Hong Kong’s annual StartmeupHK Festival, the startup showpiece organised by Invest Hong Kong (InvestHK), ended July 10 after a record-breaking week that more than lived up to a common underlying theme apparent in each of the sector events and activities: innovation and problem solving as the driving force for startups.

During the week, the event hosted 471 speakers from 97 countries and territories, attracting a total of 181,770 attendees. The Festival featured 199 exhibitors. 

Speaking at the Startup Impact Summit organised by WHub, Carrie Lam, Chief Executive, the Hong Kong Special Administrative Region Government, outlined a roadmap for startups and small and medium enterprises (SMEs). She highlighted the government’s pro-innovation procurement policies and support for Hong Kong’s local startup base, while pointing out the far-reaching promise of the Greater Bay Area, notably the Hong Kong-Shenzhen Innovation and Technology Park in concert with the Shenzhen Government. 

On the final day of the Festival, at the HKFIA 2020 Forum organised by Sina Finance, Paul Chan, Financial Secretary, the Hong Kong Special Administrative Region Government, spoke about Hong Kong’s resilience while recovering from the COVID-19 pandemic. He noted that despite its many challenges, Hong Kong is still faring very well and again led the world last year in funds raised through initial public offerings. 

“I have no doubt that we’ll be in the running again this year, despite the turbulence out there. After all, Hong Kong has become a much sought-after place for secondary listing of Chinese companies,” said Mr Chan. “Just ask video-game developer NetEase and e-commerce retailer JD.com, both of which listed in Hong Kong last month, following in the welcome wake of tech giant Alibaba’s secondary listing here last November.” 

The Festival started with the Connected Cities Conference, organised by KPMG, during which Alfred Sit, Secretary for Innovation and Technology, the Hong Kong Special Administrative Region Government, led a discussion on what it takes to build a smart city with reference to Hong Kong. The government plans are outlined in the Smart City Blueprint which puts forth over 70 initiatives under six smart areas to maintain Hong Kong’s position as a leading city for innovation and technology.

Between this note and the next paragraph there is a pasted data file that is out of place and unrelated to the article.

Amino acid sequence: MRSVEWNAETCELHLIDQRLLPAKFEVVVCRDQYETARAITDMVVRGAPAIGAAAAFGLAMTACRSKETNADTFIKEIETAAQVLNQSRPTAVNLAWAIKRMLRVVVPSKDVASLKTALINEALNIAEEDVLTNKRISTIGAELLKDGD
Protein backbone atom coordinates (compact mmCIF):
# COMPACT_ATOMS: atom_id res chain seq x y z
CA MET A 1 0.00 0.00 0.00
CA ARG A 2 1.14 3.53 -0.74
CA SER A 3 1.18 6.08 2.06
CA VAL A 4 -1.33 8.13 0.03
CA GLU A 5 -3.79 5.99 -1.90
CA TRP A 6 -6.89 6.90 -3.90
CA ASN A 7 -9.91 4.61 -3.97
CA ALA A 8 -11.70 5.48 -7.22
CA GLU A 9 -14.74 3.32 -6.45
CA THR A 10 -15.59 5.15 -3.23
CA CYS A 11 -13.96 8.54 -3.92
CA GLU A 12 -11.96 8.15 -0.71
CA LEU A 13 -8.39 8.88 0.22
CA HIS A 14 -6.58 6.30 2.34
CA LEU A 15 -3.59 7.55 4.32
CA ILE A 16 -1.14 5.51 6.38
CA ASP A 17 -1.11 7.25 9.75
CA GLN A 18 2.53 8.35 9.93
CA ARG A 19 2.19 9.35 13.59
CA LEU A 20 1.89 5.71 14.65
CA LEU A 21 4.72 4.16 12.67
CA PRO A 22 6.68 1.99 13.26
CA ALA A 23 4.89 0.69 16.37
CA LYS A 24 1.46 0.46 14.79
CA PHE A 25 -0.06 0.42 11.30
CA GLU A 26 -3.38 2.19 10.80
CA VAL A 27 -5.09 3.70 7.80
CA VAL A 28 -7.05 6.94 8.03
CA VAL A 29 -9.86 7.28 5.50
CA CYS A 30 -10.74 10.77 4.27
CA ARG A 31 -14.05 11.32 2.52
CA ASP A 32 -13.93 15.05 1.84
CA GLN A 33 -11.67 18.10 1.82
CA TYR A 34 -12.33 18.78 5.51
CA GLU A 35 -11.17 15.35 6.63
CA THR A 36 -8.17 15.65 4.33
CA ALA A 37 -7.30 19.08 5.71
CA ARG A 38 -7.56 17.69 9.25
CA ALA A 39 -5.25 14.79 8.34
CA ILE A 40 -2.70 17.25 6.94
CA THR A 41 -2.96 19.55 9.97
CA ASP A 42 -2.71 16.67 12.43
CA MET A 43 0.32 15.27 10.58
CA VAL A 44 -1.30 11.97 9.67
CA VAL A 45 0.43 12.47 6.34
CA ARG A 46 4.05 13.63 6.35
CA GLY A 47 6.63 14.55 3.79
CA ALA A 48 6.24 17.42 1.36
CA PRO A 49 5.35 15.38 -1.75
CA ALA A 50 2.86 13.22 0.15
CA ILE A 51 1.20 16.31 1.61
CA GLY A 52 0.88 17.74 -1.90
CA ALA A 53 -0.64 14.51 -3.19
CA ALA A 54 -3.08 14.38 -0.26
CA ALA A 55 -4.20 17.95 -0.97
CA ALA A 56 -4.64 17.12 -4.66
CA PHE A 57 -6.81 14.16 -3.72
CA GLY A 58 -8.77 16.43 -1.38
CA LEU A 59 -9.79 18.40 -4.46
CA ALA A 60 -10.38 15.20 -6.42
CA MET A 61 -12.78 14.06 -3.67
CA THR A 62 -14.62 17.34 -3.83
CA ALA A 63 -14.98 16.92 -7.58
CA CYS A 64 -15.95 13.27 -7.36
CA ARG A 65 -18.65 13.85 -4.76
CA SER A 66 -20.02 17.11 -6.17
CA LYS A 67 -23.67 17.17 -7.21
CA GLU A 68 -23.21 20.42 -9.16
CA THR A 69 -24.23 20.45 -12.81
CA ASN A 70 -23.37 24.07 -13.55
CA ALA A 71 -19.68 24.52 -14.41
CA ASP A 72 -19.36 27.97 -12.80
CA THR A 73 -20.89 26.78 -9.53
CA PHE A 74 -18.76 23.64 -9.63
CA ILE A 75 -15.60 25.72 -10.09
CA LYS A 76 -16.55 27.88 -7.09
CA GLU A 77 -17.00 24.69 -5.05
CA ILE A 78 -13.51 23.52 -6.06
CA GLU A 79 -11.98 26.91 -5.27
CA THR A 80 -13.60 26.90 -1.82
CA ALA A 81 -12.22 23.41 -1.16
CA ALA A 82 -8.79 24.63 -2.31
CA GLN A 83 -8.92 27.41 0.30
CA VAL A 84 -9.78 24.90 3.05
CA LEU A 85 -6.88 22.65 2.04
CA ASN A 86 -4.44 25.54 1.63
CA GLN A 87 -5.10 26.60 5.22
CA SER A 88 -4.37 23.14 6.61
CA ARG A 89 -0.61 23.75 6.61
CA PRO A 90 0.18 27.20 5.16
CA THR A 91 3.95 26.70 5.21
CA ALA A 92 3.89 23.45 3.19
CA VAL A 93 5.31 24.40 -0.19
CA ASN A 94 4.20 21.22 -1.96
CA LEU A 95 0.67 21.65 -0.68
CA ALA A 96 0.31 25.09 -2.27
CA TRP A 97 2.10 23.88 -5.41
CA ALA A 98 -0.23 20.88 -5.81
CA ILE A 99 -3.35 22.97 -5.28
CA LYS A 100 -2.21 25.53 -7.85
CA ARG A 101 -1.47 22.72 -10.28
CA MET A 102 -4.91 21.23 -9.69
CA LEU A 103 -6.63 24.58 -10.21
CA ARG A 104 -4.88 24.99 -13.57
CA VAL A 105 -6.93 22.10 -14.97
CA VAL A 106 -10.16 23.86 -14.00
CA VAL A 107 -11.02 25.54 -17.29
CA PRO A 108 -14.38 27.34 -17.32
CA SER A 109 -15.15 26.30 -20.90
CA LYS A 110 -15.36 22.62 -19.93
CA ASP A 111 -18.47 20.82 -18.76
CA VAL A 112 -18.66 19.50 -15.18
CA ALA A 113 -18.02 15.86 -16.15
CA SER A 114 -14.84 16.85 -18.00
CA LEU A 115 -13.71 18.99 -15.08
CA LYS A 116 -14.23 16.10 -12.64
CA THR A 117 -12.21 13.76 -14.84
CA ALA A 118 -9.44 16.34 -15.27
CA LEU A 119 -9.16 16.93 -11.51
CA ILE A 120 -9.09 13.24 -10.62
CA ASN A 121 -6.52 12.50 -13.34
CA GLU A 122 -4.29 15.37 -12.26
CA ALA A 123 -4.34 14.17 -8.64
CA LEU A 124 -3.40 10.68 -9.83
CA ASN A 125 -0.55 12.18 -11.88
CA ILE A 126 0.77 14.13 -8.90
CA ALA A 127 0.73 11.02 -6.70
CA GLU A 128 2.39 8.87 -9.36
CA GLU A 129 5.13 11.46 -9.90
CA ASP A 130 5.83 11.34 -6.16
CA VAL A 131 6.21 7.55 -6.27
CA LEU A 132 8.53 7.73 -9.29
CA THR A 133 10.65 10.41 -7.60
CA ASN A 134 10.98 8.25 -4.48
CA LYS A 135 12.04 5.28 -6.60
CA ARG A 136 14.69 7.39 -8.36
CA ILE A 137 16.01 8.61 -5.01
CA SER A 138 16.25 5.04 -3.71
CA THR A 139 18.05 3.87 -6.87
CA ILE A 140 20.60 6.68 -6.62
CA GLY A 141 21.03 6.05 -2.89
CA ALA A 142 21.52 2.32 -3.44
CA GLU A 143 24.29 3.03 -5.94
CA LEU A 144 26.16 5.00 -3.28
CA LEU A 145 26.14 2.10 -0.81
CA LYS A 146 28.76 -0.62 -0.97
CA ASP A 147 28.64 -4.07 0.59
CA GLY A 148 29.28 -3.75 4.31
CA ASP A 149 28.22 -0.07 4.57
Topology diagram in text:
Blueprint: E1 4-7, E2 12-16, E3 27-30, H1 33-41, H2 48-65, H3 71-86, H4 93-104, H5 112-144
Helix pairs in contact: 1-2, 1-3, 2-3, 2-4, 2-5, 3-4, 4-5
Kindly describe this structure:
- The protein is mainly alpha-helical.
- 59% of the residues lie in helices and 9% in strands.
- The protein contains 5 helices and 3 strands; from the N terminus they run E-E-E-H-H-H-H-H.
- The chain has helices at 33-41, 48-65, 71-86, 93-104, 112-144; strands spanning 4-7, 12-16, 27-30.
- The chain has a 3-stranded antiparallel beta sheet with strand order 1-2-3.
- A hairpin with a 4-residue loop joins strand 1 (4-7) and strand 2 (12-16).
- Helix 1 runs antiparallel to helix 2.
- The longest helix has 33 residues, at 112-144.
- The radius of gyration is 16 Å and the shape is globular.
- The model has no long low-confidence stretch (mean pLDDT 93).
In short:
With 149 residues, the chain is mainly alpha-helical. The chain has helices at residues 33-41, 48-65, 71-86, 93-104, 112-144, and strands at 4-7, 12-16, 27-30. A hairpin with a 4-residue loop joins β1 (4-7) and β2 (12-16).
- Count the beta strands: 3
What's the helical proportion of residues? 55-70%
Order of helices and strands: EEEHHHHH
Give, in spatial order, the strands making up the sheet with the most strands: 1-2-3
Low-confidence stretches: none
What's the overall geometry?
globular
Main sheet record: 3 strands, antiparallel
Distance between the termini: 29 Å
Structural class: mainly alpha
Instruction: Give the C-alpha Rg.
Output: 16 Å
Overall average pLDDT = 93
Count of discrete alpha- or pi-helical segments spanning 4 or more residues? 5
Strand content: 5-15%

Coping with COVID-19 was also a recurrent theme. The Startup Impact Summit looked at the impact of the pandemic on fundraising for startups. Jason Calacanis, Angel Investor and Podcaster, Launch, speaking from his home in California, said events like the StartmeupHK Festival are so important for startups. “One meeting can change the course of an entrepreneur’s life,” he said, adding that it’s all about finding the right company, with the right founders, in the right market at the right price. 

At the Connected Retail Experiences, organised by Bailey Communications, Bernie Brookes, Chairman of Funtastic Australia, shared the hints and tips for the ever-evolving retailer. He said the importance of education had been forgotten, adding: “No longer can retailers sell products to an uninformed consumer. People want to be educated on products but with that comes a lot of online activism.” 

Speaking at the Ecosystem Summit, organised by The Mills Fabrica, corporate innovation panellist Teddy Liu, General Manager, Group Audit and Management Services, New World Development, stressed the need to challenge mindsets. “We must learn to fail smart and fail fast,” said Mr Liu, adding that “if you can’t grow, you go.” 

At the Lifestyle Tech Conference, organised by Jumpstart Media, Jeanne Lim, Board Director of Kami Intelligence and Hanson Robotics, imagined a future in which artificial intelligence (AI) would allow us to realise and relearn what our own humanity is. Spencer Deng, CEO and Co-founder at Dorabot, cautioned that AI, unlike a human being with all of its senses, “works like a hive-mind getting information from a multiplicity of sources... AI will soon turn into an unhuman thing.” 

The HKFIA Forum on the final day covered a range of topics including gender inequality in the workplace. A lively panel discussion covered the advantages of having women in positions of power. Amy Lo, Co-head of Wealth Management Asia Pacific at UBS, centred the conversation around Hong Kong. She noted that “we are lucky to be in Hong Kong... there are a significant number of female CEOs here.” 

Stephen Phillips, Director-General of Investment Promotion at InvestHK, encouraged startups to stay resolutely optimistic in these challenging times: “I know that entrepreneurs – just like you – will play a vital role in leading us to a better future.” 

To follow the latest startup developments in Hong Kong, please go to the website www.startmeup.hk. 

About Invest Hong Kong Invest Hong Kong is the department of the Hong Kong Special Administrative Region Government responsible for attracting foreign direct investment and supporting overseas and Mainland businesses to set up or expand in Hong Kong. It provides free advice and customised services for overseas and Mainland companies. For more information, please visit www.investhk.gov.hk. 


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